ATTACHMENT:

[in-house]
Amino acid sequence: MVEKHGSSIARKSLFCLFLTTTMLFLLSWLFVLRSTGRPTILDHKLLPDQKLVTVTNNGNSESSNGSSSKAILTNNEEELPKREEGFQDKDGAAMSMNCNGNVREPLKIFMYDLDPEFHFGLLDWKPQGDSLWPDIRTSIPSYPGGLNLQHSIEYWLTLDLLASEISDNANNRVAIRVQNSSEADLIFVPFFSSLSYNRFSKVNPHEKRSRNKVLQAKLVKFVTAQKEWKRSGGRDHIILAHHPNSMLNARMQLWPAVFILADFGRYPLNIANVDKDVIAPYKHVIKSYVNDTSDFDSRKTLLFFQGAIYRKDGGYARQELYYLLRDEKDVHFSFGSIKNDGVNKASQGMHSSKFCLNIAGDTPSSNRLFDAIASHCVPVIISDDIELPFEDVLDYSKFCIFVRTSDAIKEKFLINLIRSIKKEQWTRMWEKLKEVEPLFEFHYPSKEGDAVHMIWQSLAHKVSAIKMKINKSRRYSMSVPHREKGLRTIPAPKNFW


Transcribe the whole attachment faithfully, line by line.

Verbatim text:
[in-house]
Amino acid sequence: MVEKHGSSIARKSLFCLFLTTTMLFLLSWLFVLRSTGRPTILDHKLLPDQKLVTVTNNGNSESSNGSSSKAILTNNEEELPKREEGFQDKDGAAMSMNCNGNVREPLKIFMYDLDPEFHFGLLDWKPQGDSLWPDIRTSIPSYPGGLNLQHSIEYWLTLDLLASEISDNANNRVAIRVQNSSEADLIFVPFFSSLSYNRFSKVNPHEKRSRNKVLQAKLVKFVTAQKEWKRSGGRDHIILAHHPNSMLNARMQLWPAVFILADFGRYPLNIANVDKDVIAPYKHVIKSYVNDTSDFDSRKTLLFFQGAIYRKDGGYARQELYYLLRDEKDVHFSFGSIKNDGVNKASQGMHSSKFCLNIAGDTPSSNRLFDAIASHCVPVIISDDIELPFEDVLDYSKFCIFVRTSDAIKEKFLINLIRSIKKEQWTRMWEKLKEVEPLFEFHYPSKEGDAVHMIWQSLAHKVSAIKMKINKSRRYSMSVPHREKGLRTIPAPKNFW